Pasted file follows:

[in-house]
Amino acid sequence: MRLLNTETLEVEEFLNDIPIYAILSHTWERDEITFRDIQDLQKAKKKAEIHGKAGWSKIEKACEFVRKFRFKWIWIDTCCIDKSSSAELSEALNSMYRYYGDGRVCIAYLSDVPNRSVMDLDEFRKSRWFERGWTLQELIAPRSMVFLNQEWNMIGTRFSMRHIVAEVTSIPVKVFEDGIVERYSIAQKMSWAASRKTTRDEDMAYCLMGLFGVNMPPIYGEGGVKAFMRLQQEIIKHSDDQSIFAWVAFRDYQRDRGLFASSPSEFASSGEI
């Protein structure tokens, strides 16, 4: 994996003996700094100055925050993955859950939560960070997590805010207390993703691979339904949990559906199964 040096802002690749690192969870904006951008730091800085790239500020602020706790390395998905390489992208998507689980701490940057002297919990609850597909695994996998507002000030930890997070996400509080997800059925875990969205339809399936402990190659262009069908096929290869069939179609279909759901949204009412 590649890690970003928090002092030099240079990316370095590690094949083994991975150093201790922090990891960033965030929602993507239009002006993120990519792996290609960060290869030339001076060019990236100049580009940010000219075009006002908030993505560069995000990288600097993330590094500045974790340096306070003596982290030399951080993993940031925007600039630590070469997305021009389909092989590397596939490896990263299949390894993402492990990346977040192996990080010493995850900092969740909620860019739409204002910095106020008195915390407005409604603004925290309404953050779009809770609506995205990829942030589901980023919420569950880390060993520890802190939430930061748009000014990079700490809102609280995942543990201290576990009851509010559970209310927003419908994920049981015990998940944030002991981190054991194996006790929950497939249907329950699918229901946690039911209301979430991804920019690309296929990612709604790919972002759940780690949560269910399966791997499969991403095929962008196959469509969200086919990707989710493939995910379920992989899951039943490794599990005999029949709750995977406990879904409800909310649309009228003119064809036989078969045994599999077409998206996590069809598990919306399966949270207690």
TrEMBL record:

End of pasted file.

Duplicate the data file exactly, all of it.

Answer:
[in-house]
Amino acid sequence: MRLLNTETLEVEEFLNDIPIYAILSHTWERDEITFRDIQDLQKAKKKAEIHGKAGWSKIEKACEFVRKFRFKWIWIDTCCIDKSSSAELSEALNSMYRYYGDGRVCIAYLSDVPNRSVMDLDEFRKSRWFERGWTLQELIAPRSMVFLNQEWNMIGTRFSMRHIVAEVTSIPVKVFEDGIVERYSIAQKMSWAASRKTTRDEDMAYCLMGLFGVNMPPIYGEGGVKAFMRLQQEIIKHSDDQSIFAWVAFRDYQRDRGLFASSPSEFASSGEI
């Protein structure tokens, strides 16, 4: 994996003996700094100055925050993955859950939560960070997590805010207390993703691979339904949990559906199964 040096802002690749690192969870904006951008730091800085790239500020602020706790390395998905390489992208998507689980701490940057002297919990609850597909695994996998507002000030930890997070996400509080997800059925875990969205339809399936402990190659262009069908096929290869069939179609279909759901949204009412 590649890690970003928090002092030099240079990316370095590690094949083994991975150093201790922090990891960033965030929602993507239009002006993120990519792996290609960060290869030339001076060019990236100049580009940010000219075009006002908030993505560069995000990288600097993330590094500045974790340096306070003596982290030399951080993993940031925007600039630590070469997305021009389909092989590397596939490896990263299949390894993402492990990346977040192996990080010493995850900092969740909620860019739409204002910095106020008195915390407005409604603004925290309404953050779009809770609506995205990829942030589901980023919420569950880390060993520890802190939430930061748009000014990079700490809102609280995942543990201290576990009851509010559970209310927003419908994920049981015990998940944030002991981190054991194996006790929950497939249907329950699918229901946690039911209301979430991804920019690309296929990612709604790919972002759940780690949560269910399966791997499969991403095929962008196959469509969200086919990707989710493939995910379920992989899951039943490794599990005999029949709750995977406990879904409800909310649309009228003119064809036989078969045994599999077409998206996590069809598990919306399966949270207690």
TrEMBL record: